Australian Atomic Energy Commission
This article needs additional citations for verification. (December 2006) (Learn how and when to remove this template message)
It was established in 1952, replacing the Atomic Energy Policy Committee. In 1981 parts of the Commission were split off to become part of CSIRO, the remainder continuing until 1987, when it was replaced by the Australian Nuclear Science and Technology Organisation (ANSTO). The Commission head office was in the heritage-listed house Cliffbrook in Coogee, Sydney, New South Wales, while its main facilities were at the Atomic Energy Research Establishment at Lucas Heights, to the south of Sydney, established in 1958.
Highlights of the Commission's history included:
- Major roles in the establishment of the IAEA and the system of international safeguards.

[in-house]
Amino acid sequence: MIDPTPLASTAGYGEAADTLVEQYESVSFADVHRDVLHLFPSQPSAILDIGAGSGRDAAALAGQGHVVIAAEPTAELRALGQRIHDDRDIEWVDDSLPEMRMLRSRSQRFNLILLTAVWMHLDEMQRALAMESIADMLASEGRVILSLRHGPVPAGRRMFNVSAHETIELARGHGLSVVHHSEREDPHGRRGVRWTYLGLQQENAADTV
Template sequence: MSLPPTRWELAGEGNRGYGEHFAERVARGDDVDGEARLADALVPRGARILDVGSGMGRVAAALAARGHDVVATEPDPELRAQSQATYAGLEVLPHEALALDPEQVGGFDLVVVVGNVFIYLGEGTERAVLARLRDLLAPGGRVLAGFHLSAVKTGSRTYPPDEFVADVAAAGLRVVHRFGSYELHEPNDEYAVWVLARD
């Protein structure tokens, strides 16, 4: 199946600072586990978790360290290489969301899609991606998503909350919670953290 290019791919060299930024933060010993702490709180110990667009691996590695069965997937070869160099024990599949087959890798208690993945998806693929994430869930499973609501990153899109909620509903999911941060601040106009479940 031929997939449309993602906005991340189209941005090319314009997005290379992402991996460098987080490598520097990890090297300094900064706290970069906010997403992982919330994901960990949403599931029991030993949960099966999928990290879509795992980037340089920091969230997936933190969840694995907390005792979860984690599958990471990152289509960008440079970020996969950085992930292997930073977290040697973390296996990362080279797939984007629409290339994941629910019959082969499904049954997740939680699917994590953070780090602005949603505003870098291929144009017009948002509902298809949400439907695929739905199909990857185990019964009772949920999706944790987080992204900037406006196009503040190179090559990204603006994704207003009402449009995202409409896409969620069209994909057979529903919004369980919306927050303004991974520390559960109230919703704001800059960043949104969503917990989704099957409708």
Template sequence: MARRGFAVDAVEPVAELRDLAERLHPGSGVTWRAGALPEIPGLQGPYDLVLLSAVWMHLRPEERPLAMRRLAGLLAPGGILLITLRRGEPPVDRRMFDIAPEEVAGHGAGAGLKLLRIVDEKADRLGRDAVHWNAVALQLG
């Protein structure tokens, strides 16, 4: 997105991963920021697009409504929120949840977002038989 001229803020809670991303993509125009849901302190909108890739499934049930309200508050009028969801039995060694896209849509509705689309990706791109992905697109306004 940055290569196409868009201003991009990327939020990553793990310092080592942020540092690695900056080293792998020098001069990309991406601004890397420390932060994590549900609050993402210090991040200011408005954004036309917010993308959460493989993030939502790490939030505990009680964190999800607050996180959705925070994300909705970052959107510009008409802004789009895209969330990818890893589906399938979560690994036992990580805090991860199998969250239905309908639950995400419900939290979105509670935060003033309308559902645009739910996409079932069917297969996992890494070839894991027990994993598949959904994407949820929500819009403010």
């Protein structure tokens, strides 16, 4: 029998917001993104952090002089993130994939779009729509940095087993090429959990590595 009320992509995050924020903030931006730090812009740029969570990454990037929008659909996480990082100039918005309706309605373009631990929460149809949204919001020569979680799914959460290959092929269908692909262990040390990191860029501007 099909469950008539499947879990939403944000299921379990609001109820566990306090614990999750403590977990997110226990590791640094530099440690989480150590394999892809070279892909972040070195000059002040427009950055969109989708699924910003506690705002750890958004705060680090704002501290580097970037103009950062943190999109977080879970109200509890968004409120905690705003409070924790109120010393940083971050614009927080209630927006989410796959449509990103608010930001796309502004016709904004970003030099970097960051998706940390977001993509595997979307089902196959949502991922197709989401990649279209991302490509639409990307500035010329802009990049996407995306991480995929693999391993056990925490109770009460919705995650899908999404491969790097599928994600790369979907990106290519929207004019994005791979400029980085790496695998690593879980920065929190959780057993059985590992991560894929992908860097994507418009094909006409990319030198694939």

- The construction of the HIFAR and MOATA research reactors at Lucas Heights.
- The selection of the preferred tender for the construction of the proposed Jervis Bay Nuclear Power Plant.
- The Ranger Uranium Mine joint venture.
Other significant facilities constructed by the Commission at Lucas Heights included a 3MeV Van de Graaff particle accelerator, installed in 1964 to provide proton beams and now upgraded to become ANTARES, a smaller 1.3MeV betatron, and radioisotope production and remote handling facilities associated with HIFAR reactor.
Significant research work included:
- Neutron diffraction.
- Sodium coolant systems.
- Use of beryllium as a neutron moderator.
- Movement of spheres in a closed-packed lattice.
- Gas centrifuge development.
- Health physics.
- Environmental science.
- Development of synroc.
- Molecular laser isotope separation and support of laser development for atomic vapor laser isotope separation.
- "Cliffbrook". New South Wales State Heritage Register. Office of Environment and Heritage. H00609. Retrieved 2 June 2018.
- A. W. Pryor, Personal memories of two advanced uranium enrichment projects at Lucas Heights in the years 1972-1980, The Australian & New Zealand Physicist 33 (3-4), 53-58 (1997).
- F. J. Duarte, Tunable lasers for atomic vapor laser isotope separation: the Australian contribution, Australian Physics 47(2), 38-40 (2010) Archived 2015-02-21 at the Wayback Machine.